The legal system in Malaysia is complex because the Malaysian state has accepted many of the inconsistencies of British colonial rule. There is in effect a two-track system. Non-Muslims (Malaysian and otherwise) are subject only to secular law. But Muslims (both Malaysian and otherwise) are subject to both secular law and shariah law. So Muslim Malaysians are subject to two sets of laws. So while Kartika can be caned under the shariah law, Malaysia's penal code prohibits caning of women. But the shariah law in Malaysia is under the jurisdiction of 13 separate states with their own interpretations. Only three states in Malaysia — Pahang, Perlis and Kelantan — impose caning for drinking alcohol. In the other 10 states it is punishable by only a fine.
Kartika caned would set a precedent that could subject the hundreds of thousands of Muslim Indonesian women working in Malaysia to the same punishment, at least in the three states where this particular interpretation of shariah law is in force. There are also many Muslim Singaporean women living in and visiting Malaysia, all of whom could suddenly be subject to this same law.
It has been reported by human rights organisations, according to Amnesty International, that undocumented migrants considered "illegals' in Malaysia are being punished through caning, by virtue of the penalties under the Immigration Act, and are in fact the primary victims of corporal punishment. The World Refugee Survey in 2005 placed Malaysia as one of the worst offenders of refugee rights, documenting cruel and inhumane treatment in Malaysia's prisons and detention camps. Often the punishment of caning, although discretionary, is handed down, as a deterrent. There are sets of demands now being put forward to the Malaysian government to stop caning as a form of torture altogether and to repeal the two sets of justice system. In 2006, The Malaysian Bar at its AGM passed a resolution declaring that the corporal punishment of whipping is cruel, inhumane and degrading and called for its abolishment.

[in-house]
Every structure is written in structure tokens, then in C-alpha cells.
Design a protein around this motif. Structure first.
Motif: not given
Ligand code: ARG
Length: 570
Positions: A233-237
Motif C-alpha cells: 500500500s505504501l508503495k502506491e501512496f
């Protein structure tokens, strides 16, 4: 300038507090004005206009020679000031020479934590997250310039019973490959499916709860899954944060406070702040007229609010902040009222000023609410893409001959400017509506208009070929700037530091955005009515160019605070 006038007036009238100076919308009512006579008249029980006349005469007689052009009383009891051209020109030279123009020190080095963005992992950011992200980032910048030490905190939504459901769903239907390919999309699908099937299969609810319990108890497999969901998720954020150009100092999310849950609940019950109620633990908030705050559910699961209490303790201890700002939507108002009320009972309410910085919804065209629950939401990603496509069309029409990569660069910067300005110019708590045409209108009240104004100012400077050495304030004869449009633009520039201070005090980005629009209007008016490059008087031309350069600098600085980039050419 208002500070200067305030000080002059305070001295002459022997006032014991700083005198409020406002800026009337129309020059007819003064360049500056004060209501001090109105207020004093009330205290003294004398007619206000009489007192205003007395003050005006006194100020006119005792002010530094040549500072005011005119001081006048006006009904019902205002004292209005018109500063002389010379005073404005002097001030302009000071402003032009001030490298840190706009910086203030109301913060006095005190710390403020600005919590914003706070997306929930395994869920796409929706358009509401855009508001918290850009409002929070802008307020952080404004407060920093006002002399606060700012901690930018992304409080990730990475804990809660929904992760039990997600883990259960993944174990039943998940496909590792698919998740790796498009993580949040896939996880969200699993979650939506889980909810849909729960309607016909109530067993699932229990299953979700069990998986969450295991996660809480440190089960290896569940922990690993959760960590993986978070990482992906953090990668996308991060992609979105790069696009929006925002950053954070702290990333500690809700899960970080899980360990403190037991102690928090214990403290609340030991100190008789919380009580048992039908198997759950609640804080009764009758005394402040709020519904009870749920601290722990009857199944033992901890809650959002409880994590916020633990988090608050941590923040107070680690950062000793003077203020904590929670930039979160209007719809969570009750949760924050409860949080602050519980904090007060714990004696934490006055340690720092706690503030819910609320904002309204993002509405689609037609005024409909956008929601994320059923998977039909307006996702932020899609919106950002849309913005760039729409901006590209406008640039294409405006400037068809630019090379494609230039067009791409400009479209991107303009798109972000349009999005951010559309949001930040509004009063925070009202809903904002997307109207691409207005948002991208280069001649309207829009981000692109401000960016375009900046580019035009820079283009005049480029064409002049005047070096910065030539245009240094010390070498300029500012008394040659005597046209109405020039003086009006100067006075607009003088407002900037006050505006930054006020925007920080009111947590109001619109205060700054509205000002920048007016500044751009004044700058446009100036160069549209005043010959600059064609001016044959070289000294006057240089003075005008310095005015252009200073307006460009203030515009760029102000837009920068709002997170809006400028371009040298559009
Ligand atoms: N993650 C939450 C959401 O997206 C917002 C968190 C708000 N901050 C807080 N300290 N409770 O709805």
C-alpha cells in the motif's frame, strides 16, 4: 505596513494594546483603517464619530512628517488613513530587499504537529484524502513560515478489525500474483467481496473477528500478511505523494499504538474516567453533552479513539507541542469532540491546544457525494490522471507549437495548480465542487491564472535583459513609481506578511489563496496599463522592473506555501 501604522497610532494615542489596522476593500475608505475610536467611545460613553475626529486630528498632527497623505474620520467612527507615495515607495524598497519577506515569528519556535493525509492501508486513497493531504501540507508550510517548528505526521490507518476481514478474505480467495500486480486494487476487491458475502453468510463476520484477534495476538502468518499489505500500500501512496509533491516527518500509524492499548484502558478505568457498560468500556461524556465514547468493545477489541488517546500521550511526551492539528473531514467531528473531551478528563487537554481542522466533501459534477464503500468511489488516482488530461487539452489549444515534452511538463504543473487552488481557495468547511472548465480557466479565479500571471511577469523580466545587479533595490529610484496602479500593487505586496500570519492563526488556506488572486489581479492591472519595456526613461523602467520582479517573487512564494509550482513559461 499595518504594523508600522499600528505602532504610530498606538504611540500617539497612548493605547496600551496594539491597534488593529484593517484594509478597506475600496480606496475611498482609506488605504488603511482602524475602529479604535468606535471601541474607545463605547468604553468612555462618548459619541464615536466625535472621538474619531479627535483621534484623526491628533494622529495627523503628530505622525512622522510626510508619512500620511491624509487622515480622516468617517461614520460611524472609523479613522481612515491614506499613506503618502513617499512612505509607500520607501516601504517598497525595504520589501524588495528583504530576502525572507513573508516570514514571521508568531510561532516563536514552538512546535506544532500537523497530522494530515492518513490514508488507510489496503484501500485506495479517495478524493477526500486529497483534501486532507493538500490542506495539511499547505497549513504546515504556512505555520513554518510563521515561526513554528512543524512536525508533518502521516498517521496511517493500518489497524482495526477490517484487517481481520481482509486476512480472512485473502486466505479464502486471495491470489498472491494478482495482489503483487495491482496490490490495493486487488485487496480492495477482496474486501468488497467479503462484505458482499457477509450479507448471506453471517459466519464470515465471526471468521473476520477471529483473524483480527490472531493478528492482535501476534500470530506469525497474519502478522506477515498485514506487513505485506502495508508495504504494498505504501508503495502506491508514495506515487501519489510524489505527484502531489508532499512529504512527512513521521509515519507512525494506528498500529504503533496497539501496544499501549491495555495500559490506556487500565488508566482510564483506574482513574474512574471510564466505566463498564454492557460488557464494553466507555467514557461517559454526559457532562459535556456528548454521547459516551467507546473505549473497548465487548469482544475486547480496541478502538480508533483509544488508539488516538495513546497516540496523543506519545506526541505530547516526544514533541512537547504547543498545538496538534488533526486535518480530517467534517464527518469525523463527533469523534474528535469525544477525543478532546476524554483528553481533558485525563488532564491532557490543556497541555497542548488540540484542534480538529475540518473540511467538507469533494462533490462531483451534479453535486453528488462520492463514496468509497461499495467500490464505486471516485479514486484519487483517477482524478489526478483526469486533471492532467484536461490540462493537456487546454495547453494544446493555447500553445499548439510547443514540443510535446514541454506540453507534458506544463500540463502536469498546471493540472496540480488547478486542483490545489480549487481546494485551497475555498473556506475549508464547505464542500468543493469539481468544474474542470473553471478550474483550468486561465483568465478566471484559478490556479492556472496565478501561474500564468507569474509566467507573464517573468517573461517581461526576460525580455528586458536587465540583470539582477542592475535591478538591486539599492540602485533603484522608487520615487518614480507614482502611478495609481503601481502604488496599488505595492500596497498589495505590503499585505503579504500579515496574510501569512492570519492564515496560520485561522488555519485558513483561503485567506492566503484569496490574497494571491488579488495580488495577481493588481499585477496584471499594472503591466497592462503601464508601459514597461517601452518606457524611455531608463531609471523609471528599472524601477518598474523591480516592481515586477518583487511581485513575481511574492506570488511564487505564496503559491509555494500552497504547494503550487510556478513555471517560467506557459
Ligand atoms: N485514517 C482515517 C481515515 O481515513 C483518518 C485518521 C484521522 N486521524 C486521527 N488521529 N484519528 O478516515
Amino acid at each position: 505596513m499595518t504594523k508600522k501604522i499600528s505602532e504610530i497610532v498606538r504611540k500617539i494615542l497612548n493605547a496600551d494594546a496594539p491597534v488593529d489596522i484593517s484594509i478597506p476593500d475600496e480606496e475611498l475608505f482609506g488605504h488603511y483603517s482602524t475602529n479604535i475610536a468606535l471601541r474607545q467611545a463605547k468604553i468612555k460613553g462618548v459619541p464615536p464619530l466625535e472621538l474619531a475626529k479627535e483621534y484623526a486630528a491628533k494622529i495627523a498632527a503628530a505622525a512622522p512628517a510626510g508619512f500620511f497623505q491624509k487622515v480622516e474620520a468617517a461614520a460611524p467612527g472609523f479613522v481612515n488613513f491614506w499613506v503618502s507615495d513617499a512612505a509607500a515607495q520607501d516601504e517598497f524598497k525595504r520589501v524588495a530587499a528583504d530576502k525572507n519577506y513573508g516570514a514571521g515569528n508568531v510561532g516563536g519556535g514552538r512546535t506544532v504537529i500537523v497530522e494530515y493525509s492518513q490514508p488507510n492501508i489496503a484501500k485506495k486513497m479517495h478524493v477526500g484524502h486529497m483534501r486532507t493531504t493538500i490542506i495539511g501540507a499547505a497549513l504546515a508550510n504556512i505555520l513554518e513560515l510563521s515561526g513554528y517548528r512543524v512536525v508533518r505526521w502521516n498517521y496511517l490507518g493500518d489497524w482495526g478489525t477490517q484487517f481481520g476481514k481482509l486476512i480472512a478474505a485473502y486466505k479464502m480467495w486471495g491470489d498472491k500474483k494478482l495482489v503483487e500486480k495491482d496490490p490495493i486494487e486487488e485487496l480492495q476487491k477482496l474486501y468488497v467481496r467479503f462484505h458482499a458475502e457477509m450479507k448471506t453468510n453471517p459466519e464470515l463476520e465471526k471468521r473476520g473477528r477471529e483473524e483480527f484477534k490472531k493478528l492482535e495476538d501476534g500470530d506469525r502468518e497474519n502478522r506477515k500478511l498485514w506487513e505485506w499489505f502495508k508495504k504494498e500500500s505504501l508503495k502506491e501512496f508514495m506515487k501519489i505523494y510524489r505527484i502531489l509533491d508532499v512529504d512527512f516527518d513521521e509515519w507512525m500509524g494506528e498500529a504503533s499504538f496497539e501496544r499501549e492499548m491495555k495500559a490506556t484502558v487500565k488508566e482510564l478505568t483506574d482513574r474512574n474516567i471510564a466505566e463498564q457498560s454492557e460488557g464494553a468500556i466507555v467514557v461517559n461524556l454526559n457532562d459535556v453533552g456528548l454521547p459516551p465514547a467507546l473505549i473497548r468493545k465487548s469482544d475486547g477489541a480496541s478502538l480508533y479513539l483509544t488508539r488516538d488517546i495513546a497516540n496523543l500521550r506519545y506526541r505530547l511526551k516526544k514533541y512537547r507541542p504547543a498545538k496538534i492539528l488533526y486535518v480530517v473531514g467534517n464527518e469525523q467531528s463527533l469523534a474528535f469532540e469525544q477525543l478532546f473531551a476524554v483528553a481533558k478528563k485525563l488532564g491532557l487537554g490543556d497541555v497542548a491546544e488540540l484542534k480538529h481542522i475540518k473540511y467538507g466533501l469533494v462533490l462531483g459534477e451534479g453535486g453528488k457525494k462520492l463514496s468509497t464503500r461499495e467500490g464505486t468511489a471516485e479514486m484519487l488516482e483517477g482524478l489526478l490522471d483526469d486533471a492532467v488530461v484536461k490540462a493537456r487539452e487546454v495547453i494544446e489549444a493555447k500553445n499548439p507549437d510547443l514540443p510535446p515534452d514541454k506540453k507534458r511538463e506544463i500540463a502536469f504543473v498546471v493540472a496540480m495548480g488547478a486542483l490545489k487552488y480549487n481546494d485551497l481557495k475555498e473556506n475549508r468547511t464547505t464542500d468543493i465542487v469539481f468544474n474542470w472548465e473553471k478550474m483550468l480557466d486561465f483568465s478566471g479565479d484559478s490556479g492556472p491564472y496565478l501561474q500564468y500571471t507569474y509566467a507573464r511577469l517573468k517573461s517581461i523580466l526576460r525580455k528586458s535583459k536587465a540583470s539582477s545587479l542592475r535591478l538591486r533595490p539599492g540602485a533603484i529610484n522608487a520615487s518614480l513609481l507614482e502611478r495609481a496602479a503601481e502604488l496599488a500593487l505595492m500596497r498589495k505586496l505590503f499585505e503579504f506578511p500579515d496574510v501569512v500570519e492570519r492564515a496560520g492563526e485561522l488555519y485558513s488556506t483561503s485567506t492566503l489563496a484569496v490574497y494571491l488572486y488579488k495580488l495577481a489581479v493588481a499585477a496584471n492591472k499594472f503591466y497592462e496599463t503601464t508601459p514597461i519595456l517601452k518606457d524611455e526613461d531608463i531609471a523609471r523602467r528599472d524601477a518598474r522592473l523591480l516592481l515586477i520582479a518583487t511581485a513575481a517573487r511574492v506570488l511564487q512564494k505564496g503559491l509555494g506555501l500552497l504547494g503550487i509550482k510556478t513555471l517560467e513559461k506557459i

'It is time for Malaysia to subscribe to Article 5 of the Universal Declaration of Human Rights, that “No one shall be subjected to torture or to cruel, inhuman or degrading treatment or punishment” and reject corporal punishment altogether as a form of sentencing. We all have the ability to affect the consciousness of members of our family, community, nation and planet. The voices of those who support cruelty are loud, but the silent majority can make themselves heard.' (Renuka T. Balasubramaniam, member of the Human Rights Committee (HRC), Bar Council Malaysia)